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Canadians feel ‘uncertain’ about future of their workplace heading into 2022: poll

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Canadians are feeling uncertain about the future of their workplace, with half of employees working from home saying that they expect to regularly return to the office in 2022, according to a new poll.

And while there doesn’t seem to be a clear consensus on whether a return to the office is guaranteed for the majority of those currently working from home, a growing majority is now beginning to show a preference in where — and how — they want to work.

The poll, conducted by Ipsos exclusively or Global News, revealed working Canadians’ experiences in 2021, and what their expectations were for the new year “given the ever-shifting context” of COVID-19 in Canada.

While half of Canadians expect to either return to the office — and the other half expect to continue working from home — the majority, or about 64 per cent claim, say they achieved a better work-life balance in 2021.

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Darrell Bricker, Ipsos’ CEO of Public Affairs, said that while there has been a consistent number of Canadians expressing reluctance at wanting to go back to their office, their reasoning behind not wanting to do so may have changed somewhat.

“Part of it seems to be concern about safety, but an increasing part of it — and this is the really interesting finding here — is about a preference,” said Bricker.

“It’s no longer about ‘I’m not going to go back to the office because I don’t think it’s safe.’ It’s ‘I’m not going to go back to the office because I feel like I actually prefer to work at home.'”

The poll also found that nearly nine out of ten Canadians enjoyed working from home in 2021, and that 58 per cent said they missed being with their colleagues in person.

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Many Canadians have over the past year expressed desire to continue working remotely from their homes or out of the office.

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In May, a poll done by Leger in collaboration with the Association for Canadian Studies suggested that four out five respondents didn’t want to go back to their pre-pandemic schedule — with 35 per cent who were still working from home at the time indicating they would quit their job if their employer made them come back.

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Another poll, released in June by the Business Development Bank of Canada, suggested that about three out of four businesses would continue to let their employees work from home post-pandemic, and that over half of employees said they would like to continue working remotely as much or more than they currently did then.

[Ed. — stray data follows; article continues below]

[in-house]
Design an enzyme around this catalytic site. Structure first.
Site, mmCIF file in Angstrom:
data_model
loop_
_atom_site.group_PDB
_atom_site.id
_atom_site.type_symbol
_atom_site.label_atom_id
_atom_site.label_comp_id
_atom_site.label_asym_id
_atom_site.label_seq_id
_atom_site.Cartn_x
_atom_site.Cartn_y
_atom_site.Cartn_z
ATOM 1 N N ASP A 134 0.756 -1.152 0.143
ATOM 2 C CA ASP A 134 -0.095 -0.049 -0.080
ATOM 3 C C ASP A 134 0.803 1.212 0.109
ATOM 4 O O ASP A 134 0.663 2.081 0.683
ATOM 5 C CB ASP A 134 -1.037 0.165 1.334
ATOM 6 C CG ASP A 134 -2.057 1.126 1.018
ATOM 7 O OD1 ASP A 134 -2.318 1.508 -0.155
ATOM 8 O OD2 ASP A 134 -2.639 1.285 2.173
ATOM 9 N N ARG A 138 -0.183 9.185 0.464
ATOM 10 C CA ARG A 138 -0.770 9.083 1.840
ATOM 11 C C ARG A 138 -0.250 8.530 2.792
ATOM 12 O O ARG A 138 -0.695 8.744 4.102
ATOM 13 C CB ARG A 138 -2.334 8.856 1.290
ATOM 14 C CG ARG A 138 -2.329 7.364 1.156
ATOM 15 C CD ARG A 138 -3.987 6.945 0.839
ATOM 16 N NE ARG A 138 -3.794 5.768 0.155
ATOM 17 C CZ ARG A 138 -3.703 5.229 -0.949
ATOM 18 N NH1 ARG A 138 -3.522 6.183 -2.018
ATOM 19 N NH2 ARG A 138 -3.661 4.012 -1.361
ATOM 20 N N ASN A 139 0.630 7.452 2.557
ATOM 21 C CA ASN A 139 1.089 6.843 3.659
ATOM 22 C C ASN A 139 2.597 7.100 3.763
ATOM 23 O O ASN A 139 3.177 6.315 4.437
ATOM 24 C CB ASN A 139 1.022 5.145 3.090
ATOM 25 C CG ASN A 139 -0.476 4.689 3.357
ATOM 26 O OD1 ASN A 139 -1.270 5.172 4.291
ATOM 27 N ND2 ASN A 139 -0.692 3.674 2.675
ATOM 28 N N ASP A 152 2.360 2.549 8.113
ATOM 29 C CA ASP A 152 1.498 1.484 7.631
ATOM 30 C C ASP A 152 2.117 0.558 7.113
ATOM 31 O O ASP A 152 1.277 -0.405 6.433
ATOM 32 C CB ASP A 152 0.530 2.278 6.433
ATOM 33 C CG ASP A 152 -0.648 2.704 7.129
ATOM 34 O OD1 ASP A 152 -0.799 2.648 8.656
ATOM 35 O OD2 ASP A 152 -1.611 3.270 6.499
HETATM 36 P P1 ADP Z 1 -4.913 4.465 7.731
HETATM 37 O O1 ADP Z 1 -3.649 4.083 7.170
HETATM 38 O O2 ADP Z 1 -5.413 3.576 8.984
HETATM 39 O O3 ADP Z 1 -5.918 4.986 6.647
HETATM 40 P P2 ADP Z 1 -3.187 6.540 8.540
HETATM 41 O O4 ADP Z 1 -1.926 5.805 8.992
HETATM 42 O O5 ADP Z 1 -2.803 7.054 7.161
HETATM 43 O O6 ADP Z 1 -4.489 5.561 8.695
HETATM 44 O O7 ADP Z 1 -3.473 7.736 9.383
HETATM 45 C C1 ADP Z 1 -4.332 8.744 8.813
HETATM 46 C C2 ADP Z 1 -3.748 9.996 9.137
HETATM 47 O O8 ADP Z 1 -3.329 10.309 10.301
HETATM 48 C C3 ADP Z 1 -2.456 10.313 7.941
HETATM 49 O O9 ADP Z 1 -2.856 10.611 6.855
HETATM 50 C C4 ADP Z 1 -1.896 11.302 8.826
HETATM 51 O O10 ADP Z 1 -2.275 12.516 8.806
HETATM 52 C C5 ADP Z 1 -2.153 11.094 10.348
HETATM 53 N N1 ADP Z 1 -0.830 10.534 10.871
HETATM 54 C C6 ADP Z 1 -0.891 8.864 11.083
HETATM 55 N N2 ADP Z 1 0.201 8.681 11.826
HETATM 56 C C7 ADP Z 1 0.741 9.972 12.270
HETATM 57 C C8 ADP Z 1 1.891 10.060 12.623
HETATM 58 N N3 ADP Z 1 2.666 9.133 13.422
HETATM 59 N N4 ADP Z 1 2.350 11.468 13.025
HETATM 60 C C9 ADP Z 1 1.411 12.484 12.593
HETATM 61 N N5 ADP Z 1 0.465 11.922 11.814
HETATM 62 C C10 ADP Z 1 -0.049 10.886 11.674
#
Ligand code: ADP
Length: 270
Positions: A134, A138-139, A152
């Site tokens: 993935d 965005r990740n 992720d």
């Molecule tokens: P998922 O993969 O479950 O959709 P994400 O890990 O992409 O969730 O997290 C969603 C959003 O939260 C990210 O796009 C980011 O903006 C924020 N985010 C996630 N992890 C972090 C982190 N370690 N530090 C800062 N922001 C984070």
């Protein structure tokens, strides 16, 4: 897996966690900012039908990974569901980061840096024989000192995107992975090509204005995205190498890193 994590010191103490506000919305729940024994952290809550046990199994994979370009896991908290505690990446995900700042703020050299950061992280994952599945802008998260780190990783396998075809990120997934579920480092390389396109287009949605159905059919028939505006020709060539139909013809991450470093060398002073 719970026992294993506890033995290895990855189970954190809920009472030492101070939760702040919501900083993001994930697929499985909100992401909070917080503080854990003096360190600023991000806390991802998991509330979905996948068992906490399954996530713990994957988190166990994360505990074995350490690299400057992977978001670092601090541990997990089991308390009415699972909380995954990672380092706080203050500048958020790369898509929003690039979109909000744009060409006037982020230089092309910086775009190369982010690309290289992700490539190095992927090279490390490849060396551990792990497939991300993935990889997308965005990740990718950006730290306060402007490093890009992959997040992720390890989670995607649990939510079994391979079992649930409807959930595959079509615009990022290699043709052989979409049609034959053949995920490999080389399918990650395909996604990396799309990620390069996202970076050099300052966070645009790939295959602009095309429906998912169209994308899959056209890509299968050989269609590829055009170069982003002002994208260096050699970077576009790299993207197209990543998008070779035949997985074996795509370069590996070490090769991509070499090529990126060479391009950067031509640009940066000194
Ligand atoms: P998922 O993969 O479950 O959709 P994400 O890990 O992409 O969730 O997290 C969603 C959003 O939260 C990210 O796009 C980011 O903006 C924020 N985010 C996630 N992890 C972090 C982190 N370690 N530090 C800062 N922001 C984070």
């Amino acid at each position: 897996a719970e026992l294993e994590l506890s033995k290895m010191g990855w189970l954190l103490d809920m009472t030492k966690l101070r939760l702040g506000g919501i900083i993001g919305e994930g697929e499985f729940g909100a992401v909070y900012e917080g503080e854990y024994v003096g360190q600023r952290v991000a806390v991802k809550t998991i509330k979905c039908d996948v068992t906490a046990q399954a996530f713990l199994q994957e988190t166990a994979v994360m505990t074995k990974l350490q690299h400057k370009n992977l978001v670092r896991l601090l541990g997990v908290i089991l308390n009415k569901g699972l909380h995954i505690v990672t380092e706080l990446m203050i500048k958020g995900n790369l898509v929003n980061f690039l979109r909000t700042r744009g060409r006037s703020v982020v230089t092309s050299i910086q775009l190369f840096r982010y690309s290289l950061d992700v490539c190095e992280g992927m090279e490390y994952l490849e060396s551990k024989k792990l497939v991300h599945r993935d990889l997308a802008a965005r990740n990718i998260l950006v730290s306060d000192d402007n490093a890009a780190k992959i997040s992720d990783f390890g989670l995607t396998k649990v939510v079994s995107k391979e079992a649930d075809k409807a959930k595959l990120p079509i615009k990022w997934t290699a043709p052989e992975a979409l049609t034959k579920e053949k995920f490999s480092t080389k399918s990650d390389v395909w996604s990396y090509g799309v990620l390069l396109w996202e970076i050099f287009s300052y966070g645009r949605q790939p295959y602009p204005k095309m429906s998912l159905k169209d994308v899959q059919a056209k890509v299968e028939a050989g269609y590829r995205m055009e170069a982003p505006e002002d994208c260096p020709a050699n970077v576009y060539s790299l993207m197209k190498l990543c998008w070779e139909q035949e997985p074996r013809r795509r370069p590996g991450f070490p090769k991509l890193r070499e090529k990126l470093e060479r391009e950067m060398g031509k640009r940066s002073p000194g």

Though while the new work from home situation for Canadians has been widely seen as a boon, experts and some workers themselves have pointed to its potential downsides as well — including a certain difficulty in “unplugging” during their time off.

“We’ve seen an increasing trend in organizations to expect employees to be reached after hours, and that emails that are sent in late afternoon hours [or] evening hours will indeed be replied to same day,” explained Matthia Spitzmuller, associate professor of organizational behaviour at Queen’s University in a previous interview.

An April poll conducted by KPMG, which surveyed 1,000 Canadians, found nearly half of Canadians saying their workload was heavier than it was pre-pandemic.

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That heavier workload and inability to disconnect has left a sizeable number of workers worried that burnout would affect their ability to do their job — an exhaustion that’s been coupled with the other burnout felt by many during due to the COVID-19 pandemic.

While a majority of Canadians say their work-life balance has been better during work from home, nearly four in ten say that they would be fine earning 20 per cent less money if they could work 20 per cent fewer hours than they currently do, according to the Ipsos poll.

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“There’s a significant number of people who are saying that the work life balance is better working from home,” said Bricker.

“So I expect that if they start getting forced to go back to the office, there is going to be some interesting discussions and debates with their employers.”

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Ultimately, Bricker said that the nature of Canadians’ work-life continued to evolve over the past year, with the majority of them who started a new job in the last year was their decision indicating that it was their decision to do so.

Bricker said the “Great Resignation” that was occurring in the United States wasn’t happening in Canada yet, though the polling data was beginning to point to more people willing to make tradeoffs in terms of the amount of commitment they make to work relative to time, and to the amount of pay that they’re getting.

“What we’re seeing here in terms of work is it’s not just a question of whether or not the disease is in the right place or the wrong place — really what’s emerging here is a preference for how you want to live your work life,” he said.

Exclusive Global News Ipsos polls are protected by copyright. The information and/or data may only be rebroadcast or republished with full and proper credit and attribution to “Global News Ipsos.” This poll was conducted between Dec. 12 and 15, 2021, with a sample of 1,001 Canadians aged 18-plus interviewed online. The precision of Ipsos online polls is measured using a credibility interval. This poll is accurate to within ± 3.5 percentage points, 19 times out of 20, had all Canadians aged 18-plus been polled.

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